By Mary Frances Schjonberg, January 08, 2009
[Episcopal News Service] Presiding Bishop Katharine Jefferts Schori said January 7 that she will convene a special meeting of the Episcopal Diocese of Fort Worth convention on February 7.
Jefferts Schori will ask the convention to elect a provisional bishop for the diocese. The agenda will include the election of lay and clergy representatives for various diocesan leadership positions and adoption of a budget. It will also include approval of governance and organizational resolutions, including ones that would declare null and void certain amendments to the diocesan constitution and canons that were advocated by former diocesan leadership as a means to take the diocese out of the Episcopal Church.
Jefferts Schori said that she would call the meeting because there is "no bishop of the Episcopal Diocese of Fort Worth, or any qualified members of the Standing Committee." She said in the announcement that she had consulted with "faithful Episcopalians" who form the Steering Committee of North Texas Episcopalians, the group that has led the effort to keep the diocese aligned with the Episcopal Church.
You can read the rest of the ENS story HERE. And you can read Bishop Katharine's letter HERE. There is an opinion piece in the Fort Worth Star-Telegram last week explaining how loyal Episcopalians are reorganizing themselves. You can read it HERE. Please keep the people of Fort Worth in your prayers -- all the people on all sides of these issues.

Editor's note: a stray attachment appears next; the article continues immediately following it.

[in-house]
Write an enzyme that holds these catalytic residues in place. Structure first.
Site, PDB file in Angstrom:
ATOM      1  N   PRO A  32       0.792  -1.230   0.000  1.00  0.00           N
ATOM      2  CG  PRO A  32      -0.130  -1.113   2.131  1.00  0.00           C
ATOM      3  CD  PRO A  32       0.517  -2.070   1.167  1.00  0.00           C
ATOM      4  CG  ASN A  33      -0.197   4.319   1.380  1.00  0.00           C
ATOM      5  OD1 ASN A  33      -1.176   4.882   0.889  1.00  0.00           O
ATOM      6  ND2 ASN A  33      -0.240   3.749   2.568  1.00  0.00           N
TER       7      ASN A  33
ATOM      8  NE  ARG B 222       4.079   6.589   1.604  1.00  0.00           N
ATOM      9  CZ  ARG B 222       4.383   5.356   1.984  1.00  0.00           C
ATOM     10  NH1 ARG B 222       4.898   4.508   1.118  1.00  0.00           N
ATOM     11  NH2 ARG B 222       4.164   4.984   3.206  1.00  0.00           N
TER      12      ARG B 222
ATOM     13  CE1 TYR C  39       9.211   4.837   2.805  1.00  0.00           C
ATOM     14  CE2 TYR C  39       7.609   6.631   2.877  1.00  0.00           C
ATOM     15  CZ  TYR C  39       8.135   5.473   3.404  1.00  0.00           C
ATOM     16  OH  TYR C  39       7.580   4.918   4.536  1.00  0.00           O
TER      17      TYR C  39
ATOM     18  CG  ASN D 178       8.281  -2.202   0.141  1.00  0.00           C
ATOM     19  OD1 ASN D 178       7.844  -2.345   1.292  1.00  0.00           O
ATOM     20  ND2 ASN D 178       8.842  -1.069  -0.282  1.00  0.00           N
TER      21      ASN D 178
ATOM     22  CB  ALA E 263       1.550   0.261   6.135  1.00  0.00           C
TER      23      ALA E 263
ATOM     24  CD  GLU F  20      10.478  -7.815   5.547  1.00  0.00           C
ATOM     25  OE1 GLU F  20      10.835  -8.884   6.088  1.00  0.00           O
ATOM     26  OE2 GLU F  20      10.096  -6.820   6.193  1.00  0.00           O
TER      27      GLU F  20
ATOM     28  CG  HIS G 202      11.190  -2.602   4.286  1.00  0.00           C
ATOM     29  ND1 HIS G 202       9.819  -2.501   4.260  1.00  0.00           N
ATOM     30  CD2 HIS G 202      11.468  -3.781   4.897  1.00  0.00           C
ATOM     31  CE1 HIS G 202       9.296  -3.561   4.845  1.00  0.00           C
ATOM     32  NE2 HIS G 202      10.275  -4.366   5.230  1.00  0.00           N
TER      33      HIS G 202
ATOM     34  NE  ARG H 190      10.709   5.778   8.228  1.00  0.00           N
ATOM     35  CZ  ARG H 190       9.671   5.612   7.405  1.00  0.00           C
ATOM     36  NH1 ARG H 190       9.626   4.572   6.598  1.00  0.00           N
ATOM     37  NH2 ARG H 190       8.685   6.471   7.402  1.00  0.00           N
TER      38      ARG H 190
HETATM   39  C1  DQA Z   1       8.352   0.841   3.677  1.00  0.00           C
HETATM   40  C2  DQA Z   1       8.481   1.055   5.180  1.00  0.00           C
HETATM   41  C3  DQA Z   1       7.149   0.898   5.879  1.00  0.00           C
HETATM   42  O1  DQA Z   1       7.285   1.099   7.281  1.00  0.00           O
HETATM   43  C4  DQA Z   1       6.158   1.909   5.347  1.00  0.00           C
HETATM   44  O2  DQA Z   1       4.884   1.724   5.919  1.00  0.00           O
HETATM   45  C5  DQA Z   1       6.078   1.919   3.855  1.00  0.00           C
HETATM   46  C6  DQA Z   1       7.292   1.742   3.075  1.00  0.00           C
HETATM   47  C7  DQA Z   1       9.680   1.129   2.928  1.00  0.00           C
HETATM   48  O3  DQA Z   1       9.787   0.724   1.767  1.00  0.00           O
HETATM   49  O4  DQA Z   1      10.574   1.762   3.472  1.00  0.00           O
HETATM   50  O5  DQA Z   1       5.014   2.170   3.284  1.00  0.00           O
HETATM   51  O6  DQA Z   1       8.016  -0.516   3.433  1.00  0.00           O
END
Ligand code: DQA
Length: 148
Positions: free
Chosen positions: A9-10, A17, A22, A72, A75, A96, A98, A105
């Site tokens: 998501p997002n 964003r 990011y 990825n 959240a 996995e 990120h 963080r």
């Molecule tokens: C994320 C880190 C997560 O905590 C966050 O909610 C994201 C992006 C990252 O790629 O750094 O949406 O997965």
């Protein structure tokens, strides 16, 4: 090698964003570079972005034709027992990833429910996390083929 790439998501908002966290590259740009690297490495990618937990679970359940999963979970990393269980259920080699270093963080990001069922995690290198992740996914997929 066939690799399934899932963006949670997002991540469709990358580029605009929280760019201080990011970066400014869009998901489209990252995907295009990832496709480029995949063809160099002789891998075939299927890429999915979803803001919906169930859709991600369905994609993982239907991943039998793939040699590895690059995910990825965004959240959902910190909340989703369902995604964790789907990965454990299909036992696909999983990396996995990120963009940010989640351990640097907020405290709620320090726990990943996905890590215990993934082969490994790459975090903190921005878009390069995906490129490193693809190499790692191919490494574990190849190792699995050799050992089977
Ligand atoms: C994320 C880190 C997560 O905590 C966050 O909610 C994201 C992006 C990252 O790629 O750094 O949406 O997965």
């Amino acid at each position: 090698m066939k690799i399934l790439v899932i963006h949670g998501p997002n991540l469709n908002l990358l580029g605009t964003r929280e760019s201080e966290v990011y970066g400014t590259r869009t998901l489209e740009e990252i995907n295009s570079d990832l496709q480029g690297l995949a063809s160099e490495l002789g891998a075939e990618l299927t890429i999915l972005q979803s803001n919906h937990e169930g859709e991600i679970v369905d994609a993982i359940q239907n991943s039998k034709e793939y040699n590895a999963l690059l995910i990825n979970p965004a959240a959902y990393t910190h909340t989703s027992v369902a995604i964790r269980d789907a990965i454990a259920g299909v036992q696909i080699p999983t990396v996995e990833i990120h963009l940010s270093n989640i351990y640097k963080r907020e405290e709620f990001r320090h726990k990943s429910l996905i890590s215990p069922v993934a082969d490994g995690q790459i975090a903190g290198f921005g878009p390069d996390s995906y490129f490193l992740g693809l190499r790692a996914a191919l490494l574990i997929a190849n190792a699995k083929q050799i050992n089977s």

Next, there is an interesting interview in Christianity Today, generally a conservative-leaning publication, with the Rev. Russell Levenson, the rector of the largest Episcopal Church in the country, which is St. Martin's, Houston with 8,200 members. Fr. Levenson and his congregation are certainly conservative, but they aren't leaving. Though in deep disagreement with the direction of the Episcopal Church on issues of sexuality, he says no one has prevented him from preaching the Gospel. And he and others have formed a partnership within the Episcopal Church to express their views. While I do not agree with Levenson's views on sexuality issues, I am thankful for his faith and willingness engage with the rest of with us and challenge the church to remain broad by including conservatives. That is the real meaning of being Anglican, and on that we may find we agree on more than we disagree.